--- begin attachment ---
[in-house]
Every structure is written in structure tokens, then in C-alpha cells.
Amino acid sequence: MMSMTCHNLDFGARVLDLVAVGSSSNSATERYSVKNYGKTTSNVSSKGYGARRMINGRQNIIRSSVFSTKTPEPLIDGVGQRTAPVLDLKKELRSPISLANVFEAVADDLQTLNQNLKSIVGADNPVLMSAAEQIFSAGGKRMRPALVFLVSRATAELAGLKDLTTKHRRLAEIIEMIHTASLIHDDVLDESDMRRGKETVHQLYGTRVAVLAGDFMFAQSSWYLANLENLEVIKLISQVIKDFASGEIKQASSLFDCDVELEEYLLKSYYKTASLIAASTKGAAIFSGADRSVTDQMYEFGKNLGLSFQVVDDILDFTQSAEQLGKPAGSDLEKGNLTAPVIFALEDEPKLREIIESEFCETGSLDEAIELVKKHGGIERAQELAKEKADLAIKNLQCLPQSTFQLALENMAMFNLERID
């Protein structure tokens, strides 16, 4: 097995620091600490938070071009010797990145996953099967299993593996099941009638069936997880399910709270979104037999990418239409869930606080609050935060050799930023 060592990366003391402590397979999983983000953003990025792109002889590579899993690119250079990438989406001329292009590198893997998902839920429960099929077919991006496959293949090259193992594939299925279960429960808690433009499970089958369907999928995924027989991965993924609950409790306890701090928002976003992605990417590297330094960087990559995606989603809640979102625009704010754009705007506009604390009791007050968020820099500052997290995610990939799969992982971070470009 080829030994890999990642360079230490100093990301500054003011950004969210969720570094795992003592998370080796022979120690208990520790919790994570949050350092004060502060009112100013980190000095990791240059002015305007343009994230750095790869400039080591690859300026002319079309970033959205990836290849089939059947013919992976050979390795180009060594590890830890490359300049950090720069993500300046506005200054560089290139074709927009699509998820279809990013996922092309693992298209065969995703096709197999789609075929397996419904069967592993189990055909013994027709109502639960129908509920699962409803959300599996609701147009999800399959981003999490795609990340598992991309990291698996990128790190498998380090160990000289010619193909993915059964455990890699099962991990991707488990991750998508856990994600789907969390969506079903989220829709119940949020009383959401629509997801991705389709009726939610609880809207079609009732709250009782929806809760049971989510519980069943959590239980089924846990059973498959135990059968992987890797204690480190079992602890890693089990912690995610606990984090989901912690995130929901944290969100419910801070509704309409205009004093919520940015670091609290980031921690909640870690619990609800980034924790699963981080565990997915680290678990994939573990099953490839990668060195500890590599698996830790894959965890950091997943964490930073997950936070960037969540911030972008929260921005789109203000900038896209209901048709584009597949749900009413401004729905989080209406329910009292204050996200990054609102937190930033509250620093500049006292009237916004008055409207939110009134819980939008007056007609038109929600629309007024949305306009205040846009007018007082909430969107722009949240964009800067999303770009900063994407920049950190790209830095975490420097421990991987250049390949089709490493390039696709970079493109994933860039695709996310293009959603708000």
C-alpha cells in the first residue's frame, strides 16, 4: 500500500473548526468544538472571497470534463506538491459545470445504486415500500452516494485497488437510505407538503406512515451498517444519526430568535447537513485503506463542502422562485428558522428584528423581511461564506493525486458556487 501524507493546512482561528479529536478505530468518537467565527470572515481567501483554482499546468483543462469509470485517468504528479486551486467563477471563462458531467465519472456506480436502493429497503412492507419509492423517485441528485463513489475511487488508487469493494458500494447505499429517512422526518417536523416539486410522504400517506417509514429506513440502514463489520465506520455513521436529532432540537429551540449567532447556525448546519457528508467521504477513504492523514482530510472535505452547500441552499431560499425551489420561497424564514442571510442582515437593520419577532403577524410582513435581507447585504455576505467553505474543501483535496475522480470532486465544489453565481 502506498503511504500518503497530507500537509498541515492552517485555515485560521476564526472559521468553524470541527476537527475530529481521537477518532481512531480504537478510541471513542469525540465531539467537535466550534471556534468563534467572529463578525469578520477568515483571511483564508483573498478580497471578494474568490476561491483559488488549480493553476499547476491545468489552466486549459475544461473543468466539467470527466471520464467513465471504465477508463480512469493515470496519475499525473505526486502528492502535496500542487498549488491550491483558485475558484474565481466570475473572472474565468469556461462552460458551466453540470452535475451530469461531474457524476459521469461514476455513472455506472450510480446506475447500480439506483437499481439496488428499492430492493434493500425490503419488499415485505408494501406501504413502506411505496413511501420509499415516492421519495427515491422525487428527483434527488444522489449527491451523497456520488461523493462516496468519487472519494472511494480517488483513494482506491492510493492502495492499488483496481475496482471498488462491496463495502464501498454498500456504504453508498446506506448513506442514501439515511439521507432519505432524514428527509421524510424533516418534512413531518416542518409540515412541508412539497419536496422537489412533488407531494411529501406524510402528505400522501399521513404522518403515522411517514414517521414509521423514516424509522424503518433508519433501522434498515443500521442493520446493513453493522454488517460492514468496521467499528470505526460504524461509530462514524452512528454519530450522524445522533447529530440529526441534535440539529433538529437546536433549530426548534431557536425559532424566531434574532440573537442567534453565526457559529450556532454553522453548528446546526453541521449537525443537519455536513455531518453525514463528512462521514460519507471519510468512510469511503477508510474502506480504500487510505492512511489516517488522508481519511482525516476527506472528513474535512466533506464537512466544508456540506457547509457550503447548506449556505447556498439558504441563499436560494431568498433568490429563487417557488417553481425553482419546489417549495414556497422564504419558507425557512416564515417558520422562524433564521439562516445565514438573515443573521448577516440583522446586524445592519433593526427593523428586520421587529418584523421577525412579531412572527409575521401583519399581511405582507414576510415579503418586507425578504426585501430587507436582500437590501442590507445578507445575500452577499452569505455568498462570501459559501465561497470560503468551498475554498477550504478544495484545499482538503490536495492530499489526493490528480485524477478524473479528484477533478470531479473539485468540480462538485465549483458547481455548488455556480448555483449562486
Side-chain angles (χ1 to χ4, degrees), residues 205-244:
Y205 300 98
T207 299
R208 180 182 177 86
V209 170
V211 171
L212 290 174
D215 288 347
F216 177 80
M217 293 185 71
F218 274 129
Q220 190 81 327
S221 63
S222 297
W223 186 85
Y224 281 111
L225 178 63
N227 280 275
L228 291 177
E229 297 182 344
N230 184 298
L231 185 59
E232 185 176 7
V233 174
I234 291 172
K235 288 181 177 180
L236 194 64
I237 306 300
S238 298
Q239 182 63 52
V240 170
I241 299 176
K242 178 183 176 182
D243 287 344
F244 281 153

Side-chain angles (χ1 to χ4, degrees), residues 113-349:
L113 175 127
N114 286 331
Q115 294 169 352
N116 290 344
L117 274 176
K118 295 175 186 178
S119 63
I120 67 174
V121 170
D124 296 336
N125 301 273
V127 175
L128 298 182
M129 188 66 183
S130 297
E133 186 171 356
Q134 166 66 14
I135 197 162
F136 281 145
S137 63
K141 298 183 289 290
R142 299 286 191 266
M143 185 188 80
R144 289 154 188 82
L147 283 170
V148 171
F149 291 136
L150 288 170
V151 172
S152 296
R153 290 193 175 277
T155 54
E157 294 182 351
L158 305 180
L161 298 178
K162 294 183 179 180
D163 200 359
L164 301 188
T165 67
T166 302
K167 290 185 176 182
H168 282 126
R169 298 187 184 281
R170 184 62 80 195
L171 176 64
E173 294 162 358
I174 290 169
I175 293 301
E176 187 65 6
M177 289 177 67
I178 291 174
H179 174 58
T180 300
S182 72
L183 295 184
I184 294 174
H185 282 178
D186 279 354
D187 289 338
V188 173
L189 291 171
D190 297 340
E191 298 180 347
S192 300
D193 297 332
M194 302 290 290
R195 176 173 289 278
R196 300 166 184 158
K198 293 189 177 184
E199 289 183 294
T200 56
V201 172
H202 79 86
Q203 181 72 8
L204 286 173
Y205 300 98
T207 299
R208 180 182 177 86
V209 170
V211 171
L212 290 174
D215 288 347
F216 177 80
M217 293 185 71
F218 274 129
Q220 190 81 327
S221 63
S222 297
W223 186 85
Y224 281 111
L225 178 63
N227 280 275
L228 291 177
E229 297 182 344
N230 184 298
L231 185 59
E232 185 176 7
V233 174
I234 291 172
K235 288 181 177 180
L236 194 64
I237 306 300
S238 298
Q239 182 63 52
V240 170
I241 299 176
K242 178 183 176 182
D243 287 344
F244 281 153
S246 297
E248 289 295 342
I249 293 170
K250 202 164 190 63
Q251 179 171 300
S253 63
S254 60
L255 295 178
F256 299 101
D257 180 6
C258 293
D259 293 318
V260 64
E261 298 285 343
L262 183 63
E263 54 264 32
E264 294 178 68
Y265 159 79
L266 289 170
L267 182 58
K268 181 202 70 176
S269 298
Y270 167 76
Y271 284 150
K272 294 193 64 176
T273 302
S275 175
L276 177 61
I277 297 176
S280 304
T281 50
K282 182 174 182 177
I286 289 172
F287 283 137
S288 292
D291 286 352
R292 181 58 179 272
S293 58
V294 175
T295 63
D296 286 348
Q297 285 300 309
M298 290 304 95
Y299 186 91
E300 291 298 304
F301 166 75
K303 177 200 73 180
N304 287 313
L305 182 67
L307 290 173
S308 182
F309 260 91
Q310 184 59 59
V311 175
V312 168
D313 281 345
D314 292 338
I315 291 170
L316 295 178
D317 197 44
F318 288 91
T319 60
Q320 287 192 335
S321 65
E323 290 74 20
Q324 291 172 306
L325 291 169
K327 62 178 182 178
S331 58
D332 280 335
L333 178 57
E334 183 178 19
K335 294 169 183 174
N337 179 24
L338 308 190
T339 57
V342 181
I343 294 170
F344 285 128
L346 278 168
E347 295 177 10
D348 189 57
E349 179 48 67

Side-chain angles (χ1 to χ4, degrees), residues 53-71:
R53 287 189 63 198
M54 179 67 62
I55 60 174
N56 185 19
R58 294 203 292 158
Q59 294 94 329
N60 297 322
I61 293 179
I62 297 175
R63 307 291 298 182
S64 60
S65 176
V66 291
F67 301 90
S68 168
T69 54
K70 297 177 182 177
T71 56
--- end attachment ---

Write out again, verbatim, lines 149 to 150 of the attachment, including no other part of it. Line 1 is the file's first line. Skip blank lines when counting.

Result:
D243 287 344
F244 281 153